What happens to a caregiver after a loved one is gone?

It’s been six rough months.
I am about 180+Adrienne days into my new life as an orphan, and it’s time to do an ‘about face.’ (Play the music if you want the mood.) I got through the holidays all right, reached my birthday in February without falling apart and for the most part have sorted through the majority of my mother’s belongings. But now it’s time to move forward. Now it’s time for me to answer the question posed in my blog title:  What happens to a caregiver after a loved one is gone?

After combing the Internet for answers and talking to friends who have lost 220px-StAugustineLighthouse_StairsLookingDowntheir loved ones (including one who is a psychologist), it seems there’s no right or wrong way to go about this.  I was hoping for some guidance about time frames, some hurdles to get over or benchmarks to look for – that sort of advice. Alas! Like everything else, there’s no magic bullet. You just have to muddle through the best you can. And I’m also learning that just because you’re fine one day, doesn’t mean that grief won’t pop up years later and make you ‘surprisingly emotional.’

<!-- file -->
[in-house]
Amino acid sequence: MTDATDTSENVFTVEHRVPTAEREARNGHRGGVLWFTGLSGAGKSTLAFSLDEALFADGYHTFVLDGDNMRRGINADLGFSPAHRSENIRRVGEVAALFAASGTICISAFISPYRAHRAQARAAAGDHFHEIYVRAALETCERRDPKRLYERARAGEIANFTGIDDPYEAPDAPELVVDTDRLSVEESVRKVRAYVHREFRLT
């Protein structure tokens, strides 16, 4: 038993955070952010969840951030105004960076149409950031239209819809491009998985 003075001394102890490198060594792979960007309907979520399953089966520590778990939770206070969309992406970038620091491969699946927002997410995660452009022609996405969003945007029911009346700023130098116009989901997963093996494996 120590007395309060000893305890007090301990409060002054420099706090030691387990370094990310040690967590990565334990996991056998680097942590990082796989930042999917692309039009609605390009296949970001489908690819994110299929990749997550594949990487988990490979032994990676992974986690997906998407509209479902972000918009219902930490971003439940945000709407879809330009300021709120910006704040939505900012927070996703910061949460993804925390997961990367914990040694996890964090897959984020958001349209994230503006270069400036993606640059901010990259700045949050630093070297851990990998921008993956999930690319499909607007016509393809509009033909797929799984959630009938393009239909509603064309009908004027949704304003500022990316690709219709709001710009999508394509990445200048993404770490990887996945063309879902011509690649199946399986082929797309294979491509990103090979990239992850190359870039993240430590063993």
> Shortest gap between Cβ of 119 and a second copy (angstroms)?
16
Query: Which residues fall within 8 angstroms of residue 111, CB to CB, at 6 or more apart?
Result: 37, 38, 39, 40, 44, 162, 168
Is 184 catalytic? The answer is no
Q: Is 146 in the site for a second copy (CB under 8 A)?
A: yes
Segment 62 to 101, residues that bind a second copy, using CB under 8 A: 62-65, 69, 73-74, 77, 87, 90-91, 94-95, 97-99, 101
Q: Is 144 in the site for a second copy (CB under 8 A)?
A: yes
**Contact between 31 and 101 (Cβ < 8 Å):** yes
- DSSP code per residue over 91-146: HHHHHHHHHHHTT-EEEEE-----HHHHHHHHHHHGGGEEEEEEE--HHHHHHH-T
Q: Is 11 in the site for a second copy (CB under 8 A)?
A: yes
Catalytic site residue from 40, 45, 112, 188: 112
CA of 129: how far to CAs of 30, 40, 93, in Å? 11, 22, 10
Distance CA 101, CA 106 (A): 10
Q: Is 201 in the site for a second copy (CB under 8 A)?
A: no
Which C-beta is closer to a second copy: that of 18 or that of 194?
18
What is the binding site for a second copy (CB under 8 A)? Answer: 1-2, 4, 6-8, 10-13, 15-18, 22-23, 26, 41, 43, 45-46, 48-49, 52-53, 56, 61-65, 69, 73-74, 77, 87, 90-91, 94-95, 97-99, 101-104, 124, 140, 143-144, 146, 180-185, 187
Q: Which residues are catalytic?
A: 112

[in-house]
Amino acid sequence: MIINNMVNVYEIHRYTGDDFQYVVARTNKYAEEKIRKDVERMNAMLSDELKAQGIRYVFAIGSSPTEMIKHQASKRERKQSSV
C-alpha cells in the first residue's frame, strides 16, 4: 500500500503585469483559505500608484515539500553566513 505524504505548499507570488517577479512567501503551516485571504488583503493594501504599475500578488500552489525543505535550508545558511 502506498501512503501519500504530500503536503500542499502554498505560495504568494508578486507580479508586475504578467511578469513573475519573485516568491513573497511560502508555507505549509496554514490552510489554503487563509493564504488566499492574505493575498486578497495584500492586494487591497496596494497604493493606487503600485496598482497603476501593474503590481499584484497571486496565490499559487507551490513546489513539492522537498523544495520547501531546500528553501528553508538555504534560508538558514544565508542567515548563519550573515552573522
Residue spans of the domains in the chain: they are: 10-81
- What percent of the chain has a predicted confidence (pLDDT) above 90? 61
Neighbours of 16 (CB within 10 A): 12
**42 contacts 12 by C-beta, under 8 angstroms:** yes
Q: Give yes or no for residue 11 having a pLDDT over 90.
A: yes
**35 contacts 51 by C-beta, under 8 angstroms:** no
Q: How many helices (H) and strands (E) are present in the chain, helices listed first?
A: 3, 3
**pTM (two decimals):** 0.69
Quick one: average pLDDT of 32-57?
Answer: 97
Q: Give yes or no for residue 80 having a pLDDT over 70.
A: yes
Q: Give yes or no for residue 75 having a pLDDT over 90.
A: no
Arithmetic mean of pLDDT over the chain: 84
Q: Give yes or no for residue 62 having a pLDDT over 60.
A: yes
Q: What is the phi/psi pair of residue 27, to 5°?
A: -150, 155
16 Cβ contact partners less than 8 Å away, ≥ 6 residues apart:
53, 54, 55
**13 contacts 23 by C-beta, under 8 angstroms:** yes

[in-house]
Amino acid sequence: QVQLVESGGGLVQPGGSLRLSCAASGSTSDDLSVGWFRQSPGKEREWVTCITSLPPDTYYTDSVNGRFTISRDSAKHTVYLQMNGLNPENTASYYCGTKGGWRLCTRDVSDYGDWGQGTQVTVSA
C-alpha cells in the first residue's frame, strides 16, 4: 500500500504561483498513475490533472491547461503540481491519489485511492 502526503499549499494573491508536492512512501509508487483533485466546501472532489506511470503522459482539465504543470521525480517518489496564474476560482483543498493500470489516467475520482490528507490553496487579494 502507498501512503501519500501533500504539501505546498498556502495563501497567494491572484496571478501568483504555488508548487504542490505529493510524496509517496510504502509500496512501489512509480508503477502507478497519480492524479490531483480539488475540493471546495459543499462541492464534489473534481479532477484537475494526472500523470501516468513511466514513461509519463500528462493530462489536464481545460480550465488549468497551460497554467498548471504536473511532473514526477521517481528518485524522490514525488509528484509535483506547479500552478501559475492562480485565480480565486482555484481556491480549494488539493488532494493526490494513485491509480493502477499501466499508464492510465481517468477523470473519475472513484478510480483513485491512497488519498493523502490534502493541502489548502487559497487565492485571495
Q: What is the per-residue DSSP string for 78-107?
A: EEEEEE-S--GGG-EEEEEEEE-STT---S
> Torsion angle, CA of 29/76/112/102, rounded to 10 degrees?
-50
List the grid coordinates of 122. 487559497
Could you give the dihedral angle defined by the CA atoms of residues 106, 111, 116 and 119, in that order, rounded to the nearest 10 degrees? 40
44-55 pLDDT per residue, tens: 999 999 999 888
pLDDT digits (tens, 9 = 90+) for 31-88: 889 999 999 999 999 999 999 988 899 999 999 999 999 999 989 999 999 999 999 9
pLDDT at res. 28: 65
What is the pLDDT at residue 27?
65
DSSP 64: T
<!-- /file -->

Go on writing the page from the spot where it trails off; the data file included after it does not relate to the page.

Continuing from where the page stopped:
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Original Purpose

I’ve been bad.

I don’t mean that I’ve been ‘bad’ bad, only that in the nine months or so that I have had this blog I haven’t really achieved what I set out to do, and that is to enlighten people about what it is like to home care for an ailing parent or loved one.  I have learned so much in the past five years, and I really feel as though I have a lot of ‘down in the trenches’ wisdom to impart to others who may be traveling down this same road.

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Mom in the 1980’s

So, I’ll start at the beginning, and pretend that you, Dear Reader, are sitting right here and have never met me or my mother.

Mom and I probably talked to one another several times a week, sometimes daily and sometimes many times a day, all through my life. She lived in a house about three miles from mine, and we shared (almost) everything, but especially insights and learning, and what others would call ‘metaphysical’ or philosophical topics. She, being a Christian Scientist as well as a voracious reader, and me, being somewhat of an ‘egghead’ myself, in our case meant that we didn’t talk about movie Continue reading